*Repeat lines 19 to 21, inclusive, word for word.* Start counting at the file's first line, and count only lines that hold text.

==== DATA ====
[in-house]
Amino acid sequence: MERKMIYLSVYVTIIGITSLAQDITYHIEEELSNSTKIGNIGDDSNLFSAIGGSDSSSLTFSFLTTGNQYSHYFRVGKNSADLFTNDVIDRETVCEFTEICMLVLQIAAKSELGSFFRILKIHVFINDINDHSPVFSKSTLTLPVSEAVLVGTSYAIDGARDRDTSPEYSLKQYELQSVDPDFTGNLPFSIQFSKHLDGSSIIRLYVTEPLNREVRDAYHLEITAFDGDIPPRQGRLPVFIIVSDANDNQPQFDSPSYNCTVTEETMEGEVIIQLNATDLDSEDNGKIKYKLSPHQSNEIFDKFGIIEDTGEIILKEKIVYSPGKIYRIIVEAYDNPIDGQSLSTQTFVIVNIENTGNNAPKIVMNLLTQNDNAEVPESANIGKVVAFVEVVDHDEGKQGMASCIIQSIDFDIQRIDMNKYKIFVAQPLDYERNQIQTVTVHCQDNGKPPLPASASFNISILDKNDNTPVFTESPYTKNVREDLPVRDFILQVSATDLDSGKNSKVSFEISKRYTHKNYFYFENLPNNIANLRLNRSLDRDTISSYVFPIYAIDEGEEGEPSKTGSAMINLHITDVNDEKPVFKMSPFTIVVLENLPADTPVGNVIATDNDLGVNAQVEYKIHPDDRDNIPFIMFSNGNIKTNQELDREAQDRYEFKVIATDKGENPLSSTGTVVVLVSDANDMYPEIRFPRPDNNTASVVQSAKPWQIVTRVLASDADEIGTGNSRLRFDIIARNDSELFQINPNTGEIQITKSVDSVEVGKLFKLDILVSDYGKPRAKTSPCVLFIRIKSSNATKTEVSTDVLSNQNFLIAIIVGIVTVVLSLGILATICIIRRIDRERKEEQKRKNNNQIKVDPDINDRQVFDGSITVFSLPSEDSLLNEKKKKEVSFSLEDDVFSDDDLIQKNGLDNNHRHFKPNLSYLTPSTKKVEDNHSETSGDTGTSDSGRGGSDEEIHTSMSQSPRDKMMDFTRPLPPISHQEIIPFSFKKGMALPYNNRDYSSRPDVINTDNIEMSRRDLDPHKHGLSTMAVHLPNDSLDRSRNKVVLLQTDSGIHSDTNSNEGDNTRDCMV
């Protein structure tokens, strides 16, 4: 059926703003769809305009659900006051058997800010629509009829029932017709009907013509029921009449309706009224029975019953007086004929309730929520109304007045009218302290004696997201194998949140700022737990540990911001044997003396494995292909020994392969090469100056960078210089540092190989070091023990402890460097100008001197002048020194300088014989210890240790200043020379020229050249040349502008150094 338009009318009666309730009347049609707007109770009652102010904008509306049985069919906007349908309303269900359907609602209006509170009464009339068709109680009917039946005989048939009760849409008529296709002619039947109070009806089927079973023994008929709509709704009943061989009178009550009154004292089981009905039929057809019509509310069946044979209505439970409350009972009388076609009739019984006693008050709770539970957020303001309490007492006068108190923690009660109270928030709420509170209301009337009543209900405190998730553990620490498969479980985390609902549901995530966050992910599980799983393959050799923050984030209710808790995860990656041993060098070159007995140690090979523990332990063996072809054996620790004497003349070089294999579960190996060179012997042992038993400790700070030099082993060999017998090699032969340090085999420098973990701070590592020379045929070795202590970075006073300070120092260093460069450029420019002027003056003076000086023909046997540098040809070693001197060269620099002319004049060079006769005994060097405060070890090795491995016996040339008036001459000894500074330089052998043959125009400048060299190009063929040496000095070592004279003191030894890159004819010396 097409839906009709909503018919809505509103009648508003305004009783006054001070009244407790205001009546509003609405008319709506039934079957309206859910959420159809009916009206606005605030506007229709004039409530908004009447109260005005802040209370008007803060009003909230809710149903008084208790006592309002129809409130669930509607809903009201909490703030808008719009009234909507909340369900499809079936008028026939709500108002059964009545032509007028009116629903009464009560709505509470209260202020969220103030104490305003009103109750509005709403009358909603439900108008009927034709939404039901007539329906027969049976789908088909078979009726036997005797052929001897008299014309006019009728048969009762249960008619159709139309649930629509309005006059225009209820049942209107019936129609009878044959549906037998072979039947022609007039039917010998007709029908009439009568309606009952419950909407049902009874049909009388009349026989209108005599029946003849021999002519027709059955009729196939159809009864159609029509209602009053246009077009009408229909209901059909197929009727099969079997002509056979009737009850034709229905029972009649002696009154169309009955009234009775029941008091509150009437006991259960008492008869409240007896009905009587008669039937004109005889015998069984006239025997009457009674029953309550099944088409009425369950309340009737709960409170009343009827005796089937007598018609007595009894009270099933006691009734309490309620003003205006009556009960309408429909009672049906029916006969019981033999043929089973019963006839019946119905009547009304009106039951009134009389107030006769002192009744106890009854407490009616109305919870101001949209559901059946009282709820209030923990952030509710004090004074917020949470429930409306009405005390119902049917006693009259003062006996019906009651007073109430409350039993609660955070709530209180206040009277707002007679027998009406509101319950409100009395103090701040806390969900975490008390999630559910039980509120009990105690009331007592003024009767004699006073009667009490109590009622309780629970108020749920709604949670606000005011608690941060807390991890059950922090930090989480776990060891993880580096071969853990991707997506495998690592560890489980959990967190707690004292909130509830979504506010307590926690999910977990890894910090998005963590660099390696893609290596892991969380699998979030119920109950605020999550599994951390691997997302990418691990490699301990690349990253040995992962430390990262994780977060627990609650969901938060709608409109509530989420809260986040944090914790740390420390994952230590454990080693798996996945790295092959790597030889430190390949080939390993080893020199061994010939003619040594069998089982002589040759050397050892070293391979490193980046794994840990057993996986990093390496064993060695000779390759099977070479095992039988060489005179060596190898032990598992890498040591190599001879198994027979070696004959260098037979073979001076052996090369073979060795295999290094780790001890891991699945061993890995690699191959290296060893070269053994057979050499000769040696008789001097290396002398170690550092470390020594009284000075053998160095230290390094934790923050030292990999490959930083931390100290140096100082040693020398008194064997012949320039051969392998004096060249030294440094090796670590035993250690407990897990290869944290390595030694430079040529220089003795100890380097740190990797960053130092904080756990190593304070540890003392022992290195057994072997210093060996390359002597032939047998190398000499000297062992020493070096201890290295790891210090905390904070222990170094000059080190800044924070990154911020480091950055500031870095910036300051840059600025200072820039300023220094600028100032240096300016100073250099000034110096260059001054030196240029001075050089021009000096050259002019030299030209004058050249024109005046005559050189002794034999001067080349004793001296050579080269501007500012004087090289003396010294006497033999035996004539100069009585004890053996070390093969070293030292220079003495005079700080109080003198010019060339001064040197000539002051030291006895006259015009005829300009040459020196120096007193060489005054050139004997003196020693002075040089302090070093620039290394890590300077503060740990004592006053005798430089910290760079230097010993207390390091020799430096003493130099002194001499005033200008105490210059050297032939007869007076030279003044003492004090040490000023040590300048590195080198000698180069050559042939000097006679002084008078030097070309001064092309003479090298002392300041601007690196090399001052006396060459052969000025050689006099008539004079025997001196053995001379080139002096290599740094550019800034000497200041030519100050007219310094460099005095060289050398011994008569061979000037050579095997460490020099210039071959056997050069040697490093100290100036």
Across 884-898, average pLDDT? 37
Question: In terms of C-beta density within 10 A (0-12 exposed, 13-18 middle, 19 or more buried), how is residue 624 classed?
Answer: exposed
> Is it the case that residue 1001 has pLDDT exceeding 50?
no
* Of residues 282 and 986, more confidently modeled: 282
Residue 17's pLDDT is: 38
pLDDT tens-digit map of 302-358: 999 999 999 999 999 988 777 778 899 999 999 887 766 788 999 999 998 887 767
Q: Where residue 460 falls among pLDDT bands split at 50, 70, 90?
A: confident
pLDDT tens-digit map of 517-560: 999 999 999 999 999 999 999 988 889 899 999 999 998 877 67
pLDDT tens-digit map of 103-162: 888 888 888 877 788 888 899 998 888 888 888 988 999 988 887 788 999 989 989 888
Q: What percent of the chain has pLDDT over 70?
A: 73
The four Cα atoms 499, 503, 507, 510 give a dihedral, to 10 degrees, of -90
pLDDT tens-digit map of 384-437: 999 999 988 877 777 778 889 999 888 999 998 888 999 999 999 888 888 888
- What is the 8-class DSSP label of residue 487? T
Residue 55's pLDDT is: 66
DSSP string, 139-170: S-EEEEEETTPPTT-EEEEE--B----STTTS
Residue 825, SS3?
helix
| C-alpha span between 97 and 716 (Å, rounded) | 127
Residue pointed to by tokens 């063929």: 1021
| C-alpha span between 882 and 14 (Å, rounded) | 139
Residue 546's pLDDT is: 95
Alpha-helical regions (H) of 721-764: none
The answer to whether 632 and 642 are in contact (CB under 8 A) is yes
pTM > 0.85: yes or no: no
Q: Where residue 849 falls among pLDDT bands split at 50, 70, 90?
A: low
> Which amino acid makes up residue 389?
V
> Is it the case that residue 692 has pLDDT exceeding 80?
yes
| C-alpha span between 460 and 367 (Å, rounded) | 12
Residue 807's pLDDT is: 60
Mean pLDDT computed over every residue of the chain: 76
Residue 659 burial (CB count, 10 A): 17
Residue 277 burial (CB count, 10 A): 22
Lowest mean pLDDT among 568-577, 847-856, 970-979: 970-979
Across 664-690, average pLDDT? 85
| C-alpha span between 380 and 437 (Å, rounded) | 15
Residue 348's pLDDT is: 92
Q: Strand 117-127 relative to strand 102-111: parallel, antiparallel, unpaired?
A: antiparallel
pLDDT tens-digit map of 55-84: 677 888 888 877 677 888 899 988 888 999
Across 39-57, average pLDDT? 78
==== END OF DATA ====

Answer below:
pLDDT tens-digit map of 384-437: 999 999 988 877 777 778 889 999 888 999 998 888 999 999 999 888 888 888
- What is the 8-class DSSP label of residue 487? T
Residue 55's pLDDT is: 66